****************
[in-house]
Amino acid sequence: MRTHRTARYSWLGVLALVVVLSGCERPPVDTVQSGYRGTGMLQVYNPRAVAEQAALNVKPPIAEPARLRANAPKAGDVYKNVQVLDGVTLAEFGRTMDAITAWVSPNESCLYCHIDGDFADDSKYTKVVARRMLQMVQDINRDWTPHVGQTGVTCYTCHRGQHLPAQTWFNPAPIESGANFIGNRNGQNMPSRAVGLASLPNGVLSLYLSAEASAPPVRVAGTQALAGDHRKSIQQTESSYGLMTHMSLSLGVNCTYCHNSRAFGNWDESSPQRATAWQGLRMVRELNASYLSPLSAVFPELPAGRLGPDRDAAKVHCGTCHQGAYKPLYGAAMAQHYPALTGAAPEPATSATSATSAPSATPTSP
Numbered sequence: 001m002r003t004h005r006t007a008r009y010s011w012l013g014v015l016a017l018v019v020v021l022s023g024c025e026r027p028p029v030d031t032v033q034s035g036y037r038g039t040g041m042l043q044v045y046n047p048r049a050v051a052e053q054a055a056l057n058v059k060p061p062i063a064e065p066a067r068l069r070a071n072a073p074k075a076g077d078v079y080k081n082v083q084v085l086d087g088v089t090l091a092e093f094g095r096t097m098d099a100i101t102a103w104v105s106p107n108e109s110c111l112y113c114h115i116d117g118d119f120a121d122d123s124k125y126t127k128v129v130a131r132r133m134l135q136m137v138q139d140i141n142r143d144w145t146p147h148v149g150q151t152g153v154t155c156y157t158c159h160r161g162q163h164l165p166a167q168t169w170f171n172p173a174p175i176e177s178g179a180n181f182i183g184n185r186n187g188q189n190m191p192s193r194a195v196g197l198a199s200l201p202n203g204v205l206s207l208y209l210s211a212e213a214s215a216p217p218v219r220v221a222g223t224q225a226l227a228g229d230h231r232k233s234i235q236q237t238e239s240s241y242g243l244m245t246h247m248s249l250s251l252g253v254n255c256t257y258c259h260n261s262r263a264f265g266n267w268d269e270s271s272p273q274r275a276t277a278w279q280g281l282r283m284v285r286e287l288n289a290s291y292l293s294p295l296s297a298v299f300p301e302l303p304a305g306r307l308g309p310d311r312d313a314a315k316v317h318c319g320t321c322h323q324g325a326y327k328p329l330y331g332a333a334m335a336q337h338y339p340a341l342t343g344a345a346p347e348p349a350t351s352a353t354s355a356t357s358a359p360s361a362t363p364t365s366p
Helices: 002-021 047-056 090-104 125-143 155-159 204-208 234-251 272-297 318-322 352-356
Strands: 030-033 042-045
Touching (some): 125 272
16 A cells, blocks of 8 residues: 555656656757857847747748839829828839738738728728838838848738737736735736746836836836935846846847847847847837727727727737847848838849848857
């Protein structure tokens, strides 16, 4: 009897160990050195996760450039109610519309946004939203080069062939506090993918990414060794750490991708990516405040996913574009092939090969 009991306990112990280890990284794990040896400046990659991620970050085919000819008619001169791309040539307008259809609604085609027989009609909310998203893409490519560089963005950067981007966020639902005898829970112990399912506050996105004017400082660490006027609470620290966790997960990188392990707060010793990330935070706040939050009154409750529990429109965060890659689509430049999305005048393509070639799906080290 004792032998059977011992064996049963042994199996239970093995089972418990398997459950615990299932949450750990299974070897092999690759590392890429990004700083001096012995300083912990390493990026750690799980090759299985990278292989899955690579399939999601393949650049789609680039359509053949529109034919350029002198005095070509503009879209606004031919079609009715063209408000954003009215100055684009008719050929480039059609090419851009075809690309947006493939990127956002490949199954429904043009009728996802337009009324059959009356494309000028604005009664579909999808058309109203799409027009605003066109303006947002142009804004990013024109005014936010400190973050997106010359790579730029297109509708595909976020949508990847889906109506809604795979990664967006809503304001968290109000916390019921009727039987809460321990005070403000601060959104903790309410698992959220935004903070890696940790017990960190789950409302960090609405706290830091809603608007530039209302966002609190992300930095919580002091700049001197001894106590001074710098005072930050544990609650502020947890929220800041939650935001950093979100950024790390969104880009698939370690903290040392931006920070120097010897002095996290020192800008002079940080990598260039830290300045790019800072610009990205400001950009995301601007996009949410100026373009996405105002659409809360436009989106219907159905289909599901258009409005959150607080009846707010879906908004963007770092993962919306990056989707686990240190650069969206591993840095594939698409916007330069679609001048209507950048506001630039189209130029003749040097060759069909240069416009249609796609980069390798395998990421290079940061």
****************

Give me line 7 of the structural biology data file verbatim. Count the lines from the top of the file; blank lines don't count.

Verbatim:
16 A cells, blocks of 8 residues: 555656656757857847747748839829828839738738728728838838848738737736735736746836836836935846846847847847847837727727727737847848838849848857